Watch our latest Kaizo Live, where Associate Director Kerry Lennox explores health and science communications in the media with Tom Whipple, Science Correspondent at The Times. Communicating reliable and accurate, yet engaging health and science stories has become increasingly important over the past years, especially after the Covid-19 pandemic. Kerry and Tom discuss our latest Kaizo research on consumer attitudes towards health information, answering who people should trust. Has the pandemic has changed the way the public view and engage with health and science information? How does the media influence the public’s attitudes? And how does Tom source and craft science stories that resonate with his readers? See the key discussion points below and watch for more insights:
How has the public engaged with health and science information?
Kaizo’s research reveal a shift in sources the public trust for health and science information, with a 30% drop in government health advisors and an increase in healthcare professionals. Inevitably this was going to change, Tom explains. The saturation of press conferences, expert opinions and news headlines has led to an increase towards skepticism. During the pandemic there was massive uncertainty, even among scientists, who released preprint research without peer reviews in the interest of time. Tom worries about the change from skepticism to cynicism.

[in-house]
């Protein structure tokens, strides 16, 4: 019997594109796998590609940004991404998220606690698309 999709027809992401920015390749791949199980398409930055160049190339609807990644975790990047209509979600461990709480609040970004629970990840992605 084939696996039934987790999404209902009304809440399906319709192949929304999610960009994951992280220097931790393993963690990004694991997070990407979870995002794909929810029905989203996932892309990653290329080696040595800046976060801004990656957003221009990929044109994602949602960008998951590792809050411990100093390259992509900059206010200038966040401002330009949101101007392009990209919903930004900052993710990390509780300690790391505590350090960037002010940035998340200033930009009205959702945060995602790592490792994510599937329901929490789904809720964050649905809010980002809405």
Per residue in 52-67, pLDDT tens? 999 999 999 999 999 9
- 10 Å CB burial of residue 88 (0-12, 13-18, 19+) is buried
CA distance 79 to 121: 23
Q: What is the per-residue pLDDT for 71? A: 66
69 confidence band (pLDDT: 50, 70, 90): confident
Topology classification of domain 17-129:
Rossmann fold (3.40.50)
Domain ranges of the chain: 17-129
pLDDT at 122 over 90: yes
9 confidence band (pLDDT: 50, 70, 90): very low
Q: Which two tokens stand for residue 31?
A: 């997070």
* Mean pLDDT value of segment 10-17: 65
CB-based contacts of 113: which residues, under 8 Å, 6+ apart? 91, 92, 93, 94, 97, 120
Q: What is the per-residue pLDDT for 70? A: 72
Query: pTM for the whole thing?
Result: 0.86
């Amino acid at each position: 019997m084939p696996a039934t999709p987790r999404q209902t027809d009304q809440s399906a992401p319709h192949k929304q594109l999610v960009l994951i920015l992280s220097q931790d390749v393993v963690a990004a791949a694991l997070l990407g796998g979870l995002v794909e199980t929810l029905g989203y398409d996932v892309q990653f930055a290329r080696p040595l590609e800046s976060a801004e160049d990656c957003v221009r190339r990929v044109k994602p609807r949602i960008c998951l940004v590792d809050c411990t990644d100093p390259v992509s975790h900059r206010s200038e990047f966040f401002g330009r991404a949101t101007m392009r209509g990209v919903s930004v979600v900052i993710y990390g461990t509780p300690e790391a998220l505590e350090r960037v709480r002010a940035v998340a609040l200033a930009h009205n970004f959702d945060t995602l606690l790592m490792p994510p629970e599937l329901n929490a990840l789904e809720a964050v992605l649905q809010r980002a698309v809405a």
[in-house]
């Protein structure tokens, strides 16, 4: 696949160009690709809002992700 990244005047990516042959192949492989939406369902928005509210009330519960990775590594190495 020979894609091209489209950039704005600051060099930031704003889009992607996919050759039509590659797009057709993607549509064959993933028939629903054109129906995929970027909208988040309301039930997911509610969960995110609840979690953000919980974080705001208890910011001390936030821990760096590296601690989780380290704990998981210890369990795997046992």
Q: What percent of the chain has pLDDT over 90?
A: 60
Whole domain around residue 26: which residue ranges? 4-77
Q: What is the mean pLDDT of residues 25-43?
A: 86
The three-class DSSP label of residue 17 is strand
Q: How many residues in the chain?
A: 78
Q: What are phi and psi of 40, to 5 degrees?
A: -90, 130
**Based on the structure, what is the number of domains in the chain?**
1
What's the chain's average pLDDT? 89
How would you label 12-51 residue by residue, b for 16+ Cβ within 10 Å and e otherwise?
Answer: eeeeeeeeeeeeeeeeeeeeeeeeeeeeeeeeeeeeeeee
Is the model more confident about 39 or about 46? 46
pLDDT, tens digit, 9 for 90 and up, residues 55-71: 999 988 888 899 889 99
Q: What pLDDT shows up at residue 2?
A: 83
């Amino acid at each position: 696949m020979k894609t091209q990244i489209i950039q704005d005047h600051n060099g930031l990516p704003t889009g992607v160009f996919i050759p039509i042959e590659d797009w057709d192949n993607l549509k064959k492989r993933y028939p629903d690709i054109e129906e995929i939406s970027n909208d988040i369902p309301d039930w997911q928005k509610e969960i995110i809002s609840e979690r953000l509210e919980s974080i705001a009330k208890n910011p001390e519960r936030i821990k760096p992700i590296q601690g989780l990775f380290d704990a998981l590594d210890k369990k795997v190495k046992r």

Role of traditional media in public’s attitudes compared to social media
Tom says that a journalist’s role is to try their best to explain what was going on and cover new research responsibly. Explanation was hugely important during the pandemic. People tried to do their best in difficult circumstances, but have made some errors. However, some have been willfully disingenuous. The difficulty for reporters is that they can’t cover everything, and the act of not reporting on a topic may seem like you are ignoring it – which is a challenging situation.
People tuning out and less likely to interrogate
This isn’t surprising. At the beginning of the pandemic, there was massive engagement. Tom mentions that he was given 1,500-word slot everyday on virology and vaccinology – as people were interested in it. He completely sympathises with readers who do not want to hear about it now.
What makes a good story?
Tom states that there is an axis: the interestingness and importance of the topic. A human element to the story is always a great angle, as its relatable.
Watch the full episode here, hosted by Kaizo Associate Director Kerry Lennox. Browse our previous episodes here.